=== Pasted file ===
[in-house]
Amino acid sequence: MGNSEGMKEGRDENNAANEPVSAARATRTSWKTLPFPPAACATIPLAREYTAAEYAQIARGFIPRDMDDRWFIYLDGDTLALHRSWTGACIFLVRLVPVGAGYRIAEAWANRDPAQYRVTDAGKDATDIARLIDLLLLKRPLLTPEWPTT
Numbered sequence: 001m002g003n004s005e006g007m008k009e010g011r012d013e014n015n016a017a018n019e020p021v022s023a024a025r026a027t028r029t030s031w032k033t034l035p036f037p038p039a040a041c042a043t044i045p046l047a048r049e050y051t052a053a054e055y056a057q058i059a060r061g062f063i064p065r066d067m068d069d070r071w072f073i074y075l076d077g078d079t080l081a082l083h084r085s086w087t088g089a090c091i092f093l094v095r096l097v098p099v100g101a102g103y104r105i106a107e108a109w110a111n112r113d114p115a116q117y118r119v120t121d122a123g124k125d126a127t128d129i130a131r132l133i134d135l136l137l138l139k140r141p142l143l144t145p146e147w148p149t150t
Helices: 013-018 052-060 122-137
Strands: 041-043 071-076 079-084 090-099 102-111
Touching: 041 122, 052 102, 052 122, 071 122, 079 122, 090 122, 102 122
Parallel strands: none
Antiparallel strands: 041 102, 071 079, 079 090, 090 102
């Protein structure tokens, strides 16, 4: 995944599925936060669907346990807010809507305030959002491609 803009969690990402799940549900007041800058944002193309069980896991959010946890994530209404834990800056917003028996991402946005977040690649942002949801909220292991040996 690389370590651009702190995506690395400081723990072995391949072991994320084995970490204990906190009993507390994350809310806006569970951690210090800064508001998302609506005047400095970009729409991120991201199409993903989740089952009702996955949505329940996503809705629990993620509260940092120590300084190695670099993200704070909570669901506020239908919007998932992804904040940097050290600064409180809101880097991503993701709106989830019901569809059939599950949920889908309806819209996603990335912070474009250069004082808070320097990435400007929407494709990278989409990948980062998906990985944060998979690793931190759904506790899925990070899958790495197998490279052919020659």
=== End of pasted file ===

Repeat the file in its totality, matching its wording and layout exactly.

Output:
[in-house]
Amino acid sequence: MGNSEGMKEGRDENNAANEPVSAARATRTSWKTLPFPPAACATIPLAREYTAAEYAQIARGFIPRDMDDRWFIYLDGDTLALHRSWTGACIFLVRLVPVGAGYRIAEAWANRDPAQYRVTDAGKDATDIARLIDLLLLKRPLLTPEWPTT
Numbered sequence: 001m002g003n004s005e006g007m008k009e010g011r012d013e014n015n016a017a018n019e020p021v022s023a024a025r026a027t028r029t030s031w032k033t034l035p036f037p038p039a040a041c042a043t044i045p046l047a048r049e050y051t052a053a054e055y056a057q058i059a060r061g062f063i064p065r066d067m068d069d070r071w072f073i074y075l076d077g078d079t080l081a082l083h084r085s086w087t088g089a090c091i092f093l094v095r096l097v098p099v100g101a102g103y104r105i106a107e108a109w110a111n112r113d114p115a116q117y118r119v120t121d122a123g124k125d126a127t128d129i130a131r132l133i134d135l136l137l138l139k140r141p142l143l144t145p146e147w148p149t150t
Helices: 013-018 052-060 122-137
Strands: 041-043 071-076 079-084 090-099 102-111
Touching: 041 122, 052 102, 052 122, 071 122, 079 122, 090 122, 102 122
Parallel strands: none
Antiparallel strands: 041 102, 071 079, 079 090, 090 102
């Protein structure tokens, strides 16, 4: 995944599925936060669907346990807010809507305030959002491609 803009969690990402799940549900007041800058944002193309069980896991959010946890994530209404834990800056917003028996991402946005977040690649942002949801909220292991040996 690389370590651009702190995506690395400081723990072995391949072991994320084995970490204990906190009993507390994350809310806006569970951690210090800064508001998302609506005047400095970009729409991120991201199409993903989740089952009702996955949505329940996503809705629990993620509260940092120590300084190695670099993200704070909570669901506020239908919007998932992804904040940097050290600064409180809101880097991503993701709106989830019901569809059939599950949920889908309806819209996603990335912070474009250069004082808070320097990435400007929407494709990278989409990948980062998906990985944060998979690793931190759904506790899925990070899958790495197998490279052919020659």